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If a Robot Read the News, Would You Notice a Difference?

The Chinese government thinks not. Is this the way of the future?

Xinhua News unveiled its robotic news readers recently, claiming that they can “read texts as naturally as a professional news anchor:

The agency points out that they may be particularly useful for disseminating breaking news reports in a timely manner.

An artificial intelligence (AI) system has been used to synthesise the presenters’ voices, lip movements and expressions. They are based on those of real Xinhua presenters.

This is different from using a 3D digital model of a human. It appears that photo-like facial features have been applied to a body template and animated.

Chris Baraniuk, “China’s Xinhua agency unveils AI news presenter” at BBC

Noel Sharkey, emeritus professor of artificial intelligence and robotics at the University of Sheffield told the BBC that it was a “good first effort”, but warned that even an improved version “could be very dull.” From a different perspective, computer scientist Michael Woodridge described the automaton as stuck in the “uncanny valley.”

The uncanny valley is “our strange revulsion toward things that appear nearly human, but not quite right,” for example some robots and computer animations*.

Rob Schwarz offers some uncanny examples at Stranger Dimensions. Here’s Saya, the reception robot:

Uncanny or not, some see the trend toward “robo journalism” as bound to spread to the West:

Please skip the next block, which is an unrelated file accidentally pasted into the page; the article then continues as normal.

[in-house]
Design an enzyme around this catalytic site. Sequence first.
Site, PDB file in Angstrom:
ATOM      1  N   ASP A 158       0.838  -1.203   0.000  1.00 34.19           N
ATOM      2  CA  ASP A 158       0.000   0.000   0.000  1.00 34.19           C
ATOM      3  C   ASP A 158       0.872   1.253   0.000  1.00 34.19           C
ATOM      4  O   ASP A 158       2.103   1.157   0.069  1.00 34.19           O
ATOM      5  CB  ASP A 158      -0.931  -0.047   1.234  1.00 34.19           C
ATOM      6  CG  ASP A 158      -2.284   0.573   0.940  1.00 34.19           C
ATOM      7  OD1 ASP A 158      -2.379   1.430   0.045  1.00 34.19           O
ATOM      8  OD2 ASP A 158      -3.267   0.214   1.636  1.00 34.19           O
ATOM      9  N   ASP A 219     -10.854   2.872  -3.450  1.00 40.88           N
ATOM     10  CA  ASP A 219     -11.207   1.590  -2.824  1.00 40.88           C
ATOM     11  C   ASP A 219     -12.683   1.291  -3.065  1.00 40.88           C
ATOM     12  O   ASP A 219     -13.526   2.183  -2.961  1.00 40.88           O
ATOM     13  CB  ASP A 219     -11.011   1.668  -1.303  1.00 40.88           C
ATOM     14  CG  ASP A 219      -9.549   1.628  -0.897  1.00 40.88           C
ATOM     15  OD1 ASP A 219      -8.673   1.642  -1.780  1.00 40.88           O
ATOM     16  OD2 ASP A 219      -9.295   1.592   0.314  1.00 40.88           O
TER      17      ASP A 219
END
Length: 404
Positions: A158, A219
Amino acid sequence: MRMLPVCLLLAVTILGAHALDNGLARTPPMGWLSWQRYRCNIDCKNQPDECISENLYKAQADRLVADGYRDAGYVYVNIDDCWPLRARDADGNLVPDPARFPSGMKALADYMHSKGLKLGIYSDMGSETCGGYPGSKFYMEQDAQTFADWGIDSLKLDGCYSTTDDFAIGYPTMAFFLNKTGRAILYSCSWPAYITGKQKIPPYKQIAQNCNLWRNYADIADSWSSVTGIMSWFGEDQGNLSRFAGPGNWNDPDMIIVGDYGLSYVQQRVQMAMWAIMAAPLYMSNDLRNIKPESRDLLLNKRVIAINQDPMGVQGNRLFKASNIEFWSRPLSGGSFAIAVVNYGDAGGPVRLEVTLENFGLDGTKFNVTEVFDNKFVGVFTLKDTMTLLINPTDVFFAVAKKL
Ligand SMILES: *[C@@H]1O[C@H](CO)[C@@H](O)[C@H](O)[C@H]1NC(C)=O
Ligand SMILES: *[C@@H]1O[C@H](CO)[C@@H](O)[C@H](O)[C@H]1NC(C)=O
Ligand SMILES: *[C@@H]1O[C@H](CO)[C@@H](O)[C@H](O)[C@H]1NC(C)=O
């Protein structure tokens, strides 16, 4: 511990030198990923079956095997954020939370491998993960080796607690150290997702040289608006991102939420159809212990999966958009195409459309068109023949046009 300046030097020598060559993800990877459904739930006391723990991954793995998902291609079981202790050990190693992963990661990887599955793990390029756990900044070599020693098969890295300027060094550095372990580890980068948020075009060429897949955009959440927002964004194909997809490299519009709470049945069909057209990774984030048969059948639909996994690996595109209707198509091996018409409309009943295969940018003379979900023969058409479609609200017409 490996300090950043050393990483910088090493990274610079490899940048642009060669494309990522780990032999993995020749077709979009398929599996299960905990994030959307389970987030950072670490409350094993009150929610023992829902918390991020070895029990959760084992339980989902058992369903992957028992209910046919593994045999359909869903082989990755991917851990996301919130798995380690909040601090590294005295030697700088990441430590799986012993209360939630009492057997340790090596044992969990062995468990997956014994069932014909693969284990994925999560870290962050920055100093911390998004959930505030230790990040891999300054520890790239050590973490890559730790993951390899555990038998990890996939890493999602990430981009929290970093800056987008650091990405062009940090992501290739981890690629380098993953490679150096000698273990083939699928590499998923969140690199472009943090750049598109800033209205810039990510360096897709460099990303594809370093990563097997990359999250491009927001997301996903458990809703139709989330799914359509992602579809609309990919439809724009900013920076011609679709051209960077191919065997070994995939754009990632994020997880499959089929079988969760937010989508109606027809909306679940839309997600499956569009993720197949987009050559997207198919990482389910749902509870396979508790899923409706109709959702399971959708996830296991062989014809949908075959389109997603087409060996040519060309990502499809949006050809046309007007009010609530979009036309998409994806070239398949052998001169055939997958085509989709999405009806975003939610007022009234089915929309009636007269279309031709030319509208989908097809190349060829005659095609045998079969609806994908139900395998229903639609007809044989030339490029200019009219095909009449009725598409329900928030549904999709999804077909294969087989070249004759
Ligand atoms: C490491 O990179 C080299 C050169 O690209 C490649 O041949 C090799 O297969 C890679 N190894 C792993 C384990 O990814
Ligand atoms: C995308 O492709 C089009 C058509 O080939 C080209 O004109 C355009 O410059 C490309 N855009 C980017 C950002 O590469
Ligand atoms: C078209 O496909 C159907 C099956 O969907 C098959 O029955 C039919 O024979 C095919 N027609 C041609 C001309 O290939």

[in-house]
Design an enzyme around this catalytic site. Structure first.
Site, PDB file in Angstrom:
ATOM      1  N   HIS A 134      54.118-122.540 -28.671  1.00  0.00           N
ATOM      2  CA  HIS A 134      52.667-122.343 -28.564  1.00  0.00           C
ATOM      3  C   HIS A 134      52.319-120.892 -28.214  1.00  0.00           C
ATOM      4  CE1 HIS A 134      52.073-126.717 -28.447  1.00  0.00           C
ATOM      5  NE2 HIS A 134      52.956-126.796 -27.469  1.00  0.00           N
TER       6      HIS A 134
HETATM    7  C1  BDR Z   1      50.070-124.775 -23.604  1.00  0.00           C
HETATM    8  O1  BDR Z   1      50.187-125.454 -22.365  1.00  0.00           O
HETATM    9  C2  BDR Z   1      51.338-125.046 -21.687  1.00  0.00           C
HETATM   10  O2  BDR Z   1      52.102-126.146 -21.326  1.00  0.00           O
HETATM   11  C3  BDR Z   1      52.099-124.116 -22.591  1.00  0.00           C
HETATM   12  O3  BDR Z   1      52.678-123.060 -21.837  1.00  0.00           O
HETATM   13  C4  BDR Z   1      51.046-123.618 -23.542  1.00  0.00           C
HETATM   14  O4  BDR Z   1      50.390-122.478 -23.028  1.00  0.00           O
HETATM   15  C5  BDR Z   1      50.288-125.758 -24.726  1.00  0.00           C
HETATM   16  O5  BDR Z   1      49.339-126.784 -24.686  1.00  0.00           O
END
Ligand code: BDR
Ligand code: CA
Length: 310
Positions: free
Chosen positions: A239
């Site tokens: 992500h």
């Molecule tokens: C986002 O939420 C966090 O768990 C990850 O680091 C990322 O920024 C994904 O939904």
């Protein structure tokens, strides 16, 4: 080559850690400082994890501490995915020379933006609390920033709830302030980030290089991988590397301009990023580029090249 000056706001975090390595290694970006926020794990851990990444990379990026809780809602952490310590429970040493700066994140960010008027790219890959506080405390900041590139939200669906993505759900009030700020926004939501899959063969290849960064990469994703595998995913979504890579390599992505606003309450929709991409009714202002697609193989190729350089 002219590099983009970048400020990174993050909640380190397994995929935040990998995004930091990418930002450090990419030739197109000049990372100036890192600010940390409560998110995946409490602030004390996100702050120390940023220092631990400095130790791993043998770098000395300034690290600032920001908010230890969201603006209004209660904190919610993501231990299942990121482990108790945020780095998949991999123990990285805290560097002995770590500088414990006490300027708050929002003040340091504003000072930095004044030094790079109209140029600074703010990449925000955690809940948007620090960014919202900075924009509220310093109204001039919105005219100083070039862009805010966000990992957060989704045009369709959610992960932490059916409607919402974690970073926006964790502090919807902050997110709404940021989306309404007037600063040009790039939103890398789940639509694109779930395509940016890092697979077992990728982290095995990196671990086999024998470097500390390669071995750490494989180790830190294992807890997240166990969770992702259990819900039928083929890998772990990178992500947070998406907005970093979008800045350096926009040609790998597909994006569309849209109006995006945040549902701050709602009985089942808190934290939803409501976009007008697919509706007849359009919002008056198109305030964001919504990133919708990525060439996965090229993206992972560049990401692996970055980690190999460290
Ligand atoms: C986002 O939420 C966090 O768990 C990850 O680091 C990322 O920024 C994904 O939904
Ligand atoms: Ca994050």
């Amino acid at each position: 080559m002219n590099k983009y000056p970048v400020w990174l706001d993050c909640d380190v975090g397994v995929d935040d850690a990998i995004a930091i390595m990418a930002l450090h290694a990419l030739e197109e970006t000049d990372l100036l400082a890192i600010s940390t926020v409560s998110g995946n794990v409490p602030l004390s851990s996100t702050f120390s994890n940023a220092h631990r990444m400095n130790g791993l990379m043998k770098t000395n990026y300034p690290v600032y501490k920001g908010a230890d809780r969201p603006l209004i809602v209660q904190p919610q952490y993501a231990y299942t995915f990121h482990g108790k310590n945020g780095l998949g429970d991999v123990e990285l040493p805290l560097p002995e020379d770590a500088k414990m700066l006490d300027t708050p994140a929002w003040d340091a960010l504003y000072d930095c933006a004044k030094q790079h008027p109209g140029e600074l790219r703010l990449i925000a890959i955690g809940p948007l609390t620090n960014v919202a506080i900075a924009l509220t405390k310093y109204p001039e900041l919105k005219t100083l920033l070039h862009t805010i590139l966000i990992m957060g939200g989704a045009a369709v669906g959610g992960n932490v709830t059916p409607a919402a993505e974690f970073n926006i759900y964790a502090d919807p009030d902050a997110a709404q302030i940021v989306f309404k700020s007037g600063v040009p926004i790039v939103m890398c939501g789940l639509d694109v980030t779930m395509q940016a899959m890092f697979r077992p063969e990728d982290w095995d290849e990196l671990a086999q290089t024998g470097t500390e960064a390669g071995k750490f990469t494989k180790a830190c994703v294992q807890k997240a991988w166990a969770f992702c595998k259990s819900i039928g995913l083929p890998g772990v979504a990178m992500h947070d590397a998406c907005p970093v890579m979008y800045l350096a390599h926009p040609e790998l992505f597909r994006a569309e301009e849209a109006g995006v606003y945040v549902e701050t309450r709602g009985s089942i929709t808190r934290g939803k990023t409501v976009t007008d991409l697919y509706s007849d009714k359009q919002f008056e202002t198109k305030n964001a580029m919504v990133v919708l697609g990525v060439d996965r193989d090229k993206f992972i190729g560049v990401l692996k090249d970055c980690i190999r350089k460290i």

Humans do a pretty good job of getting the news out there as events are happening, but there are times when news teams aren’t fast enough in their coverage — especially in today’s rapid-fire consumption of content and the importance of the Zero Moment of Truth. AI technology can come in by shortening the time that news stories are reported and delivered. Cassandra Reynolds, “Is AI the future of news media?” at TechTalks

Is that likely? Predictions about the success of robotics most often fail because the forecasters confuse advances in technology with advances that meet recognized needs. The robo-reporter won’t dominate the media of free societies because the cost of becoming a public news medium today is now down to the cost of a connection, along with (of course) the time, energy, and talent needed to acquire an audience. Further costs depend on how big the medium becomes. But all those resources already exist in abundance. Robotics offers nothing special to compete with them, not even significantly reduced costs. If anything, the control robotics offers is precisely the opposite of the environment that produces scoops, advance notice of trends, and breaking offbeat news.

Forests no longer come crashing down to put out The New York Times. All eyes are no longer glued to the Big Three at a certain hour. Many such media are having a hard time adjusting to their diminished role in the age when anyone can be well-connected. But their crisis of adjustment is not one to which artificial intelligence offers an obvious solution. If we no longer need what Walter Duranty or Dan Rather provided in the twentieth century, we probably don’t need a robotic version either. The robotic news readers of China serve a quite different purpose from the independent news outlets and commentators of the West; the robots help disseminate controlled information rather than finding and developing information.

Of course, AI products will likely help with news gathering in the future but independent producers are the most likely agents to acquire the good tools quickly and use them efficiently.

*Note: The term “uncanny valley” was coined by Japanese roboticist Masahiro Mori in 1970.

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If a Robot Read the News, Would You Notice a Difference?